Recommend a movie

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Posted

Point Break - 1991 - 7/10

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Police thriller delivers the action in spades.
FBI rookie is transferred to Los Angeles, and is soon assigned to bank robbery division.
The best heist crew?  Outfit known as the ex-Presidents.  Numerous smash n grab, clean getaways.
Lab forensics soon zero in on residual evidence which points to the surfing scene.
Wait!  You mean surfers could be organized enough to stage and execute a daylight robbery?
Narrative rocks along throughout with surf sequences, shootouts, car chases, and extreme sports.
This has aged fairly well (though the notion of bank robberies was over by the 1970s).
AVOID the 2015 remake which has become a magnet for “worst ever” reviews.

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63 Up - 2019 -  8/10

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Ninth installment of this, at this point, tremendous documentary.
By now, participants are staring at mortality and taking a hard look back at their lives.
Unlike most of us, who enjoy faulty memory or nostalgia to deceive ourselves, they encounter a brutal looking glass every seven years.
For those who have access, the three part TV specials are generally superior to the movie condensations.
Highly influential.  There is an ongoing Russian series (I have, but have not watched),
I cannot imagine this launching in this Age Of The Selfie.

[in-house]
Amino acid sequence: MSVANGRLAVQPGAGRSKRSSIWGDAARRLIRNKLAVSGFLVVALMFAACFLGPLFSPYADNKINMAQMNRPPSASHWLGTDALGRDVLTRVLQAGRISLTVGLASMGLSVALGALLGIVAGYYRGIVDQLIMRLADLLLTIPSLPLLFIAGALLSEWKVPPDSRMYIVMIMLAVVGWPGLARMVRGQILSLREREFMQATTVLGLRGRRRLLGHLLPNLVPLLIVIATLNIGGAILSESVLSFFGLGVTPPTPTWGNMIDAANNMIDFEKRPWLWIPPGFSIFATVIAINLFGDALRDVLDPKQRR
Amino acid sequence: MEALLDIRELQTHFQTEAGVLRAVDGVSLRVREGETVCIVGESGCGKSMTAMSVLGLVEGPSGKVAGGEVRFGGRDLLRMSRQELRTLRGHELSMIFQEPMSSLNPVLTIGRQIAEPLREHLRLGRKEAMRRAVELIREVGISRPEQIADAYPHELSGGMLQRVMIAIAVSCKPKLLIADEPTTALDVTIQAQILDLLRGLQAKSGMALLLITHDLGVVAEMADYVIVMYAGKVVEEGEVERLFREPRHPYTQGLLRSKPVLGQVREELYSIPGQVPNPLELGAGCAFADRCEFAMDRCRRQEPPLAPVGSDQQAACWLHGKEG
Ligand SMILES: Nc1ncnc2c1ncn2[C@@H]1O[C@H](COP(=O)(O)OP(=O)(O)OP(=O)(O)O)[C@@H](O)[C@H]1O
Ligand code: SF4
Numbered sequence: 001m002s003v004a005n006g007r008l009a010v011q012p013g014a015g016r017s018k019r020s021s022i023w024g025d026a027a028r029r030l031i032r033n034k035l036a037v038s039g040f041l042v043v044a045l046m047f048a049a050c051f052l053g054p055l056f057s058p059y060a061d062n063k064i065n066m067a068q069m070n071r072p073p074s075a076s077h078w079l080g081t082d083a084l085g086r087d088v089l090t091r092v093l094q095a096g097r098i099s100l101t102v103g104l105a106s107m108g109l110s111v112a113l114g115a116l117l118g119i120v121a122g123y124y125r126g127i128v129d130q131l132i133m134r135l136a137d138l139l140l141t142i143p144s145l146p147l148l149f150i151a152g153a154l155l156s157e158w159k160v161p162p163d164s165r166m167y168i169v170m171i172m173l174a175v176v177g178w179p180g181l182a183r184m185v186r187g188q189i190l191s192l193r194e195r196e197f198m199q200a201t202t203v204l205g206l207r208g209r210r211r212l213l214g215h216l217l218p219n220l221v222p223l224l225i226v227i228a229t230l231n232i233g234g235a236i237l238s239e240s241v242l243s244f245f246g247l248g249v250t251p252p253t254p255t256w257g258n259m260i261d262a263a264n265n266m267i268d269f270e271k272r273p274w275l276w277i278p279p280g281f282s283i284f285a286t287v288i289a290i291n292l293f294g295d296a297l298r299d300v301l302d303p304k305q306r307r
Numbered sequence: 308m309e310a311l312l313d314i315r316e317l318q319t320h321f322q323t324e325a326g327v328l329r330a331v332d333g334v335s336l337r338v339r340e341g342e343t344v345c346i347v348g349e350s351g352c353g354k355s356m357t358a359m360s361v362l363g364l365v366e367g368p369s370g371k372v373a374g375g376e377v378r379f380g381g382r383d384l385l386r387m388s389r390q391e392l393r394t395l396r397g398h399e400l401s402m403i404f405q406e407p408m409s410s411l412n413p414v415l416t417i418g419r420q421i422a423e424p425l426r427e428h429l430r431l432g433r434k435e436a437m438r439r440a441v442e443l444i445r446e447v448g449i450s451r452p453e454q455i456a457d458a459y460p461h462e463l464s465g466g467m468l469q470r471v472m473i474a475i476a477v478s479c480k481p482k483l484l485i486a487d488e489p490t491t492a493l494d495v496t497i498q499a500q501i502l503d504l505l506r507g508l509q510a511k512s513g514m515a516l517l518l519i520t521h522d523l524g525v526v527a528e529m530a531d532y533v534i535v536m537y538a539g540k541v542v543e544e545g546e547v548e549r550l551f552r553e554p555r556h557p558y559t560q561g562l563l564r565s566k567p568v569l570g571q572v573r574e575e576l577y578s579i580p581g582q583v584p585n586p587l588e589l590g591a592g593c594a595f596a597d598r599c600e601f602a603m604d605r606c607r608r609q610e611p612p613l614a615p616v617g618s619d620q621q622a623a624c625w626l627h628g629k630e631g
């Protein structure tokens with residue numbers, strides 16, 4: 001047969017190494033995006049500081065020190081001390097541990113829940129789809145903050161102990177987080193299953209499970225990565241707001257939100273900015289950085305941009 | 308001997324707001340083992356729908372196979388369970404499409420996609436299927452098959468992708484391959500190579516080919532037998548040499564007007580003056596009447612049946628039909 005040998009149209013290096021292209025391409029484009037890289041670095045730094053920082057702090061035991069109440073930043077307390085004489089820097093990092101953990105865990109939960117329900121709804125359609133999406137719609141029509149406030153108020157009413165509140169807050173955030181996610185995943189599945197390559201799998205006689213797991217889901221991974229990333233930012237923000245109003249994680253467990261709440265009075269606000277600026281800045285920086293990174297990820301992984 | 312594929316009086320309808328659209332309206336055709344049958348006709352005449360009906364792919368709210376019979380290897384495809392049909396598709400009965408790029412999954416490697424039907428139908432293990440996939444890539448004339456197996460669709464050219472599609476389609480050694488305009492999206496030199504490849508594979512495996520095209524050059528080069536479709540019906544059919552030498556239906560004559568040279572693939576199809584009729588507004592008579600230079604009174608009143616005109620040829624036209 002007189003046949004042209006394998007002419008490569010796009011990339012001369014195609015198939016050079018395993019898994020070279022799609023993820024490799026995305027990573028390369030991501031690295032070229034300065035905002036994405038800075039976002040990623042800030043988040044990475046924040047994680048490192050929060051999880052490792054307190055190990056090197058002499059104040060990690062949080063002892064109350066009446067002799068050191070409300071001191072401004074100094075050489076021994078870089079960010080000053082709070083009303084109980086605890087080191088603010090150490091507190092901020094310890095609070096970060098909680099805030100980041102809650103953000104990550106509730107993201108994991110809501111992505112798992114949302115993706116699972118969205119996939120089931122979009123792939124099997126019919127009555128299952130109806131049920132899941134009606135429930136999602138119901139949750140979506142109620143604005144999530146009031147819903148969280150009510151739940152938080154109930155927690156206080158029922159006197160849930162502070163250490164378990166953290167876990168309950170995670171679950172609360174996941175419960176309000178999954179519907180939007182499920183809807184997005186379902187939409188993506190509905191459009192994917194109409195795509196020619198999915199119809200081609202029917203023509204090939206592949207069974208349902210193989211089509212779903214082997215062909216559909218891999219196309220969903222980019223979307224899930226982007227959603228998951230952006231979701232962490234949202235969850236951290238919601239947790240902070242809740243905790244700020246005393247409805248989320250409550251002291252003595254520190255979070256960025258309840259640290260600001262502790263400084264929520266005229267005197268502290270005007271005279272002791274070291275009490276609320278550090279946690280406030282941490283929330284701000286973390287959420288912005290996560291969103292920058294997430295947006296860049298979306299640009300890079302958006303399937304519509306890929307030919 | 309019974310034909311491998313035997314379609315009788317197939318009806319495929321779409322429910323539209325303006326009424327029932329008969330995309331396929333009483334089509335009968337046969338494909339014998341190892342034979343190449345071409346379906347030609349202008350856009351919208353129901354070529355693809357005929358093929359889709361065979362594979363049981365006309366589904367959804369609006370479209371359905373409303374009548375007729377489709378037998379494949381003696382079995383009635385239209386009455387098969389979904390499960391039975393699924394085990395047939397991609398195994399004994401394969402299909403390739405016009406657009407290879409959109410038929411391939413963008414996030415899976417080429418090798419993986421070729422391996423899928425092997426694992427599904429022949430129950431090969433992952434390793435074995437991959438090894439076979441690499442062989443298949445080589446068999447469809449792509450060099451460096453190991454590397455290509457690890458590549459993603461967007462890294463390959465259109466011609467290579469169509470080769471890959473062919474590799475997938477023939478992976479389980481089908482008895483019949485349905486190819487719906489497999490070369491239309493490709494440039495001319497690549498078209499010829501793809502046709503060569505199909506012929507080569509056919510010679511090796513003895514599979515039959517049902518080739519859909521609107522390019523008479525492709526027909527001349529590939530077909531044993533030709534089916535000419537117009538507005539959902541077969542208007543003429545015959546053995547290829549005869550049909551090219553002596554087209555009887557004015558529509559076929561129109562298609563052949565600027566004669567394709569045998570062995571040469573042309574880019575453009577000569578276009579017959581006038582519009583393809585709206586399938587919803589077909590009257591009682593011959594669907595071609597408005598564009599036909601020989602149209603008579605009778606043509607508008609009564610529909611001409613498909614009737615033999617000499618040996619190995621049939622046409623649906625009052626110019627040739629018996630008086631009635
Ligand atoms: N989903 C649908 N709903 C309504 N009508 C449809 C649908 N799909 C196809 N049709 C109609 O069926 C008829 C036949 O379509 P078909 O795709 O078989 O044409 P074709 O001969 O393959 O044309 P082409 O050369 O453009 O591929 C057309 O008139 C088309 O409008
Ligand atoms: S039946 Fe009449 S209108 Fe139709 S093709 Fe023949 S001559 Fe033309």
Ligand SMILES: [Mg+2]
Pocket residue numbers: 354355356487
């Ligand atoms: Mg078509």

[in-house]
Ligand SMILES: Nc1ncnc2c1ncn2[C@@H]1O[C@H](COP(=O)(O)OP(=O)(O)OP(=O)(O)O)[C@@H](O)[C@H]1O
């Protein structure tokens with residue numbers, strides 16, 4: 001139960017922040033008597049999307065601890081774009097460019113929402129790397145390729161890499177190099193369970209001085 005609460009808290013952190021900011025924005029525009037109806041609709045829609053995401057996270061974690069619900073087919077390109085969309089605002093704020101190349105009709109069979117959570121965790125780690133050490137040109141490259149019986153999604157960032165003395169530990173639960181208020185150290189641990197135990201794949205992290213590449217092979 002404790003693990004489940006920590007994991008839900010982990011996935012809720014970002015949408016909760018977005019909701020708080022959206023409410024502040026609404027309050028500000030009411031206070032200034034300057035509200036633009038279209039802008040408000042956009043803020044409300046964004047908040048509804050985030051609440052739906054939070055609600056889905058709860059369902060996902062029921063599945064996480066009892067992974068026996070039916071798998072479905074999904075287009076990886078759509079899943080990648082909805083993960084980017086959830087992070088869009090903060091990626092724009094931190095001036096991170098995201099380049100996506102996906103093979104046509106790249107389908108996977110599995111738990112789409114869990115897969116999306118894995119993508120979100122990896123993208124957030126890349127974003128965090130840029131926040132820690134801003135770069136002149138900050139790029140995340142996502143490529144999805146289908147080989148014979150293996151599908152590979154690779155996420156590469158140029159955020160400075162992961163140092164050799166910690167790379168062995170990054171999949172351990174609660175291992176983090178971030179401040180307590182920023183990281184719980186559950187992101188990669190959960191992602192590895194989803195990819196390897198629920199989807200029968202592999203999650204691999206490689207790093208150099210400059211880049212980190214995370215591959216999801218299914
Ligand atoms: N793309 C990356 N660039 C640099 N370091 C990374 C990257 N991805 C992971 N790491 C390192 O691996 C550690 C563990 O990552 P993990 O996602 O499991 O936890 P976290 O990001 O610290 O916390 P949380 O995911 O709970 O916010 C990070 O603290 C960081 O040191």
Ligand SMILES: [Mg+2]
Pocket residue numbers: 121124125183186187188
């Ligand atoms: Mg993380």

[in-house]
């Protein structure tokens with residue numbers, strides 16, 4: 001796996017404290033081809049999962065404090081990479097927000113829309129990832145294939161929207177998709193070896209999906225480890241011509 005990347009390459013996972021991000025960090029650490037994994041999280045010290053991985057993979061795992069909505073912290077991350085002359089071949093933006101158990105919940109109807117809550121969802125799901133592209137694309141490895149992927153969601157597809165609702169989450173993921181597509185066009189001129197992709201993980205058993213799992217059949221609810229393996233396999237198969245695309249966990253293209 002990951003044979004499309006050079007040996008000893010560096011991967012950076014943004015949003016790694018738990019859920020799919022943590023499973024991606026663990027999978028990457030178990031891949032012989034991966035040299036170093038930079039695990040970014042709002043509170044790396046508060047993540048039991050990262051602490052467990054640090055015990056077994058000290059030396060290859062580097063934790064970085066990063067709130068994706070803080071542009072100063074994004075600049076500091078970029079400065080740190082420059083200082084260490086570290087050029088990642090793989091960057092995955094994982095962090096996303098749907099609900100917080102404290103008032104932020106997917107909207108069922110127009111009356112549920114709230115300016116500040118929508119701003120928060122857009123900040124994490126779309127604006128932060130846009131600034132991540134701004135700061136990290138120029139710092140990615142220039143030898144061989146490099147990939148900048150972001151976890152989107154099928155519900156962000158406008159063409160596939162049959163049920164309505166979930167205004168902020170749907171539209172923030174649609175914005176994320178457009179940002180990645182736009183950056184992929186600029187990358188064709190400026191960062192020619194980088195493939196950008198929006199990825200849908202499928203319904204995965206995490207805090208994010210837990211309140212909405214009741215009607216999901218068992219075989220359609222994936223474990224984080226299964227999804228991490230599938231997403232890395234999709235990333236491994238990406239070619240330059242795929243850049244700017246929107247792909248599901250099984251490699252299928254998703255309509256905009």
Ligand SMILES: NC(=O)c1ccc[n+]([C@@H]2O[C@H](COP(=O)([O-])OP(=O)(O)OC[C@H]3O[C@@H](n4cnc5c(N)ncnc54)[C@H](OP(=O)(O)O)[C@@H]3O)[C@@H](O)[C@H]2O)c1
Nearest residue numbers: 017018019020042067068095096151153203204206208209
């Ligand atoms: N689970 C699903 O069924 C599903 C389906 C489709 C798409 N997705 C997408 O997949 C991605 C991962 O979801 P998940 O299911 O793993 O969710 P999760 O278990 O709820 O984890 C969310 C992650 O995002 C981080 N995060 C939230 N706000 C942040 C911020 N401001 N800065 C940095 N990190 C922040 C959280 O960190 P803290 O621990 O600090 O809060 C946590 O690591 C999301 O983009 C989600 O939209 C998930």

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Posted

99 River Street - 1953 - 7/10

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Ernie lands a devastating right hook and the champ slumps to the canvas.
Like the resurrected, the champ survives the ten count, and in the next two minutes, the prize fight sours for Ernie.
Two years later, he’s a washed up pug, a hack driver, married to a bitter scold with a roving eye.
A slick haired sugar daddy stirs the wife’s honey pot, slowly, persuasively, until she’s sopping wet and helps him yank a bag of ice from a pair of clutching dead hands.
Then the setup, the dimwitted husband, driving his taxi, chasing fool pipedreams and hopes.
Well shot Noir is outstanding example of how to create wonders with a minimal budget.
The script is packed with crosses and double-crosses, unexpected treachery, hard fists.
No matter how hard the ex-boxer fights, there is always the corpse stuffed in the back seat of his taxi.
A seething John Payne is perfect casting, whether resigned or about to detonate.

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Posted

Golden Exits - 2017 - 7/10

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New York professional archivist hires (another) young, female assistant.
She is Australian, inexperienced, pretty, and received coolly by the archivist’s wife and sister-in-law.
A thick undercurrent pervades the marriage, a tension that smells of infidelity.
The Aussie had been to the States a decade earlier and had developed a crush on a musician, whom she casually sets about stalking.  His male vanity is flattered, his wife’s radar hones in, however.
Very much a film dominated by conversations, said and unsaid, as well as glances and fleeting physical touches.

 

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Good Morning, Mister Hitler - 1993 - 6/10

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Cobbled documentary around “then-recent” found colour footage of 1939 Munich Festival of Art.
The images, filmed by amateur photographers, vary in quality but most are quite good, considering their age.
Talking heads include sons of original photographers, and a professor providing historical details.
AND - get this - a number of elderly ladies, watching in a theater, who had been participants in the festival.
They commented on what preparations were like, gasped when they viewed their young selves in the parade, talked about the giddy period of the Reich in 1939.  One surmised they had mixed emotions.
By now, most of that generation are gone.  While first hand comments are always useful, they best received with a grain of salt.